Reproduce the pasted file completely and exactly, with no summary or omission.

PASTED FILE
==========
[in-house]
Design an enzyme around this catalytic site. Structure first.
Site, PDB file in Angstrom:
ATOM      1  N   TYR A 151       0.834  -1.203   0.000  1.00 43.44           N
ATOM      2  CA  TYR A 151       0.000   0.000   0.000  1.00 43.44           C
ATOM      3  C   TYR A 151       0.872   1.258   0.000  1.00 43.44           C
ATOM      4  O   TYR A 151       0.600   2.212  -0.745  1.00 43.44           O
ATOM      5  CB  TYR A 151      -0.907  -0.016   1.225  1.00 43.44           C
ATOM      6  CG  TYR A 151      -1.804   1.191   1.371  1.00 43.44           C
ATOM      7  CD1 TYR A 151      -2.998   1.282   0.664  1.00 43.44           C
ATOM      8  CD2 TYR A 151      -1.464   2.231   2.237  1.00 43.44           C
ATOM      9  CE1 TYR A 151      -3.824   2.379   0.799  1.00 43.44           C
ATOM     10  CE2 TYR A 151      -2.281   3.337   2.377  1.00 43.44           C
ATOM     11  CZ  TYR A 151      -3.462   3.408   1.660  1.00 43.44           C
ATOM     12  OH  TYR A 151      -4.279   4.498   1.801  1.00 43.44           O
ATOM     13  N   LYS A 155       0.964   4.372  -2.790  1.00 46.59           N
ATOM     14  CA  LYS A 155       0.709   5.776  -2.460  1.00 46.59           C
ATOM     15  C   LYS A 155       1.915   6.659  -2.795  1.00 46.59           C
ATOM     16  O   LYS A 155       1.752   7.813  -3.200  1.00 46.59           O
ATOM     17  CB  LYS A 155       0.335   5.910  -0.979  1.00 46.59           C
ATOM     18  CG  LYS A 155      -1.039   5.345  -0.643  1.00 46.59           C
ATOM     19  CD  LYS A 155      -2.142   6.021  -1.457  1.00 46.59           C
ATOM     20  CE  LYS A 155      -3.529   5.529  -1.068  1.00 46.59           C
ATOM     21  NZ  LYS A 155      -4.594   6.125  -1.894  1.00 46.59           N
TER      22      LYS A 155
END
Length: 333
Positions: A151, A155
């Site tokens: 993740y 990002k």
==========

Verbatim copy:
[in-house]
Design an enzyme around this catalytic site. Structure first.
Site, PDB file in Angstrom:
ATOM      1  N   TYR A 151       0.834  -1.203   0.000  1.00 43.44           N
ATOM      2  CA  TYR A 151       0.000   0.000   0.000  1.00 43.44           C
ATOM      3  C   TYR A 151       0.872   1.258   0.000  1.00 43.44           C
ATOM      4  O   TYR A 151       0.600   2.212  -0.745  1.00 43.44           O
ATOM      5  CB  TYR A 151      -0.907  -0.016   1.225  1.00 43.44           C
ATOM      6  CG  TYR A 151      -1.804   1.191   1.371  1.00 43.44           C
ATOM      7  CD1 TYR A 151      -2.998   1.282   0.664  1.00 43.44           C
ATOM      8  CD2 TYR A 151      -1.464   2.231   2.237  1.00 43.44           C
ATOM      9  CE1 TYR A 151      -3.824   2.379   0.799  1.00 43.44           C
ATOM     10  CE2 TYR A 151      -2.281   3.337   2.377  1.00 43.44           C
ATOM     11  CZ  TYR A 151      -3.462   3.408   1.660  1.00 43.44           C
ATOM     12  OH  TYR A 151      -4.279   4.498   1.801  1.00 43.44           O
ATOM     13  N   LYS A 155       0.964   4.372  -2.790  1.00 46.59           N
ATOM     14  CA  LYS A 155       0.709   5.776  -2.460  1.00 46.59           C
ATOM     15  C   LYS A 155       1.915   6.659  -2.795  1.00 46.59           C
ATOM     16  O   LYS A 155       1.752   7.813  -3.200  1.00 46.59           O
ATOM     17  CB  LYS A 155       0.335   5.910  -0.979  1.00 46.59           C
ATOM     18  CG  LYS A 155      -1.039   5.345  -0.643  1.00 46.59           C
ATOM     19  CD  LYS A 155      -2.142   6.021  -1.457  1.00 46.59           C
ATOM     20  CE  LYS A 155      -3.529   5.529  -1.068  1.00 46.59           C
ATOM     21  NZ  LYS A 155      -4.594   6.125  -1.894  1.00 46.59           N
TER      22      LYS A 155
END
Length: 333
Positions: A151, A155
């Site tokens: 993740y 990002k």